Incense Tree: Collected Poems by Louise Ho
The recent appointment of Carol Ann Duffy as the new UK Poet Laureate made me wonder whether Hong Kong might introduce a similar position. While people in the city do not generally care much for English contemporary poetry, let alone Hong Kong poetry, vigorous attempts by Hong Kong (and Hong Kong-based) poets, local publishers and some devoted academics to the medium means that one can now speak of “Hong Kong poetry” without engaging in hyperbole.
If there were to be a “Hong Kong English Poet Laureate”, Hong Kong-born and bred Louise Ho would surely be on any short-list of candidates. But Ho perhaps already is “The Citizens’ Poet”: her political and social poems are often forceful and unflinching criticisms of the state of affairs much in line with popular sentiments. Her famous poems about the Hong Kong riots of the 1960s, the Tiananmen Square incident (notably the widely anthologized “Remembering 4th June, 1989”) and the 1997 Handover, all published in previous collections and are now collected in Incense Tree, show where her sympathies lie. Ho sits comfortably in the ranks of those poets whose stature is in no small part due to their taking on and fulfilling a social responsibility.
In her new poems, one sees this warrior-like mode of Ho continue unabated. One poem describes the march protesting Article 23 Bill (an anti-subversion law) on 1 July 2003:
The young, the old, with friends, family or alone;
The poor, the rich, professionals, workers, others,
Each person giving the other space,
United in one purpose,
Five hundred thousand marchers
Moved on without incident,
Unhurried, unruffled, undeterred.
— from “Marching”
In other poems, Ho’s political criticisms are more satirical and biting:
Who is to say
This beast of a thousand faces
Would not stretch the next ten
To sixty or more
Or reduce forty
To a mere twenty
— from “Forty Years to Go”
The identity of this unnamed shape-shifting monster is not difficult to guess at. That this mathematical question is asked reveals desire for an absolute answer to the baggage of history as well as anxiety about what lies ahead.
In “Seltonics”, Ho humorously describes the history of Hong Kong political leadership since 1997. The poet writes about “the first headman” who was “made trot” by “Up North” and the “new man” who “wasn’t all that hot”. However, despite the incapability of “the first headman’” and the “new man”, the city manages: “Oh no oh no we have not lost the plot.” ‘Plot’ is a meaning-loaded word, but no matter for it is the “we”, the people, who have firm grasp of the plot. Or have we? There are three negatives in this line. Here, Ho is a mouthpiece for her people. She speaks of their worries, their woes. In neither poem—intimate poems designed for people who know Hong Kong—are names necessary. Ho knows her readers can figure out what and whom she is referring to.
But it’s not necessary to be au courant with recent Hong Kong history to appreciate Ho’s take on her city. Here Ho criticizes the English transliteration of Hong Kong:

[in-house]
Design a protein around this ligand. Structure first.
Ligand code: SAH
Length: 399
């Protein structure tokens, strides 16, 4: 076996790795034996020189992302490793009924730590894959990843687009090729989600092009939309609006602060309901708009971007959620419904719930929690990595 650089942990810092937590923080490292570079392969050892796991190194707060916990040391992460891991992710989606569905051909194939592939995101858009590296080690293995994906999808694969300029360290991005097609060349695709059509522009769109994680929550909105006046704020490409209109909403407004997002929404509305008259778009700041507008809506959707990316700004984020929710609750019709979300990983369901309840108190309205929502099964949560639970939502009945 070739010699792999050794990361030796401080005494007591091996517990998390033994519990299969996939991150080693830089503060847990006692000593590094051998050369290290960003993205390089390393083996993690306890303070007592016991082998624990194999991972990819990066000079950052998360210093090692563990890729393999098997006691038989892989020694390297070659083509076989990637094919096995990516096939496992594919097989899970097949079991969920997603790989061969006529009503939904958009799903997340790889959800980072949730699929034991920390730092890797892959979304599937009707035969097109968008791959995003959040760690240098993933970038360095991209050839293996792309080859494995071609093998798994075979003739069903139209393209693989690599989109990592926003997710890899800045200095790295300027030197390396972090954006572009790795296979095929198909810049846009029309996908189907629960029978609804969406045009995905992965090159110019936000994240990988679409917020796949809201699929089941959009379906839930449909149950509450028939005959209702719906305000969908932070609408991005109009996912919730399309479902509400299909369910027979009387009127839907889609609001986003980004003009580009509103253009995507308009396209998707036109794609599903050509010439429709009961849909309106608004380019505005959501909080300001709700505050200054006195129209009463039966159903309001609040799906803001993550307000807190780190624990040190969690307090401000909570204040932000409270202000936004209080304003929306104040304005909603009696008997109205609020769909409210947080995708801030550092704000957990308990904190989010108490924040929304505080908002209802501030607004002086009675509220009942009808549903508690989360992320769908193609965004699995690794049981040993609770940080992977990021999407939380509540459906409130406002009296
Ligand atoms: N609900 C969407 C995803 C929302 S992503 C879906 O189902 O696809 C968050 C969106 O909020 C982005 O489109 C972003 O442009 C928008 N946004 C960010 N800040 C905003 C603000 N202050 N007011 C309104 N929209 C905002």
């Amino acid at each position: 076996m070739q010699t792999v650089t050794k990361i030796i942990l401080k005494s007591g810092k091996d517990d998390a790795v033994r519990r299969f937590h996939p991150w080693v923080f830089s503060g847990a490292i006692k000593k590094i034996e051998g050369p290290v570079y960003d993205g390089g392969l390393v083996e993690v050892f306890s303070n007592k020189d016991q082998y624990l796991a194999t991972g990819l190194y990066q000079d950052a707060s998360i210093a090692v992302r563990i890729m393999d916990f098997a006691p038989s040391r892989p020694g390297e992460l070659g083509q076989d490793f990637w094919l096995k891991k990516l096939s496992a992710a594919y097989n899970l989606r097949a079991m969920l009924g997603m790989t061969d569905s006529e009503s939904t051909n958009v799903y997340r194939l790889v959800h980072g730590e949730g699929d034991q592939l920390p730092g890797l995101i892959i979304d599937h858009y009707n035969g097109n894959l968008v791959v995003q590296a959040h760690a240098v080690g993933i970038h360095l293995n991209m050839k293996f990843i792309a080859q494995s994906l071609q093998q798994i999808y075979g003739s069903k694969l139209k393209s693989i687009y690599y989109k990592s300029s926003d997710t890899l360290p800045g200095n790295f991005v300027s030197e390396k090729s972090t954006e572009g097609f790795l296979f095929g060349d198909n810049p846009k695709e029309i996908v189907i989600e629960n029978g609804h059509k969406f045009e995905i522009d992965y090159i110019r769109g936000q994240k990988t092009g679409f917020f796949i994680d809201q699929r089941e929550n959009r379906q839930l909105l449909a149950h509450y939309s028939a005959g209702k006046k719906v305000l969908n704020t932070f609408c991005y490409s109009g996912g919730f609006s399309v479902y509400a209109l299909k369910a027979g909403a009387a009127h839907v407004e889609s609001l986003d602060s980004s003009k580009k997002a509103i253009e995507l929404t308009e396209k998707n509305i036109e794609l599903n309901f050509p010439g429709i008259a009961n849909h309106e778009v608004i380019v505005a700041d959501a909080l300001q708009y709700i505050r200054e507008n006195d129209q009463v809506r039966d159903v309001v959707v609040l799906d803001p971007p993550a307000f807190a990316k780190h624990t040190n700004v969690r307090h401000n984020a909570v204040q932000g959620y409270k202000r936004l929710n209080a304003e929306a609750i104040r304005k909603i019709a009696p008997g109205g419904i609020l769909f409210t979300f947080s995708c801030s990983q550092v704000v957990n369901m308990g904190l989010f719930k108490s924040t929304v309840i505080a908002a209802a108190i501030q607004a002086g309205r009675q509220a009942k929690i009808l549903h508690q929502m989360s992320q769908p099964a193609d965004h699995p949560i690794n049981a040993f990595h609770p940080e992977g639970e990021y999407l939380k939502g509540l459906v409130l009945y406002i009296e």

Heung not Hong
Gong not Kong;
In any case
Transliteration into English sounds
Of monosyllabic tonal Chinese
Is alchemy in reverse
Changing all that is gold
Into dross, loss and mockery.
— from “Incense Tree”
“I Sing of a Man” presents another example of something pretty turning dreadful. Ho writes about an orchid farmer who buries his beautiful and delicate orchids alive to avoid them being brutally crushed during the clearing of Diamond Hill. Flowers become corpses and a minor citizen whose story is excluded in official history, finds himself a hero in poetry. But the poem also suggests one kind of violence (introduced by the officials) causing another (the farmer is turned into an orchid-murderer). The poem ends: “As always/ The earth consoles with closure”: an urban poem with a hint of the pastoral, highlighting the complicated relationship between city people and nature.
Due to their deceptively simple language or fluid narrative perspectives, Louise Ho’s poems can generate different interpretations and reflections. And that this year is the twentieth anniversary of the 1989 June 4th incident means that her works, especially her political poems, are more relevant and important than ever. “Remembering 4th June, 1989” reminds us not to forget history and to remember how “Before we went our separate ways again,/ We thought as one,/ We spoke as one, [...] We have at last/ Become ourselves.” Ho’s new poems also inspire us to pay attention to the socio-politics of Hong Kong. In a sea of poets who obsessively write about themselves in confessional mode, we should be happy to have Louise Ho as our own historian-poet.
Reviewer’s note: This review focuses on the new poems in Incense Tree: Collected Poems. The book also includes poems from Louise Ho’s previous collections, Sheung Shui Pastoral (1977), Local Habitation (1994) and New Ends, Old Beginnings (1997)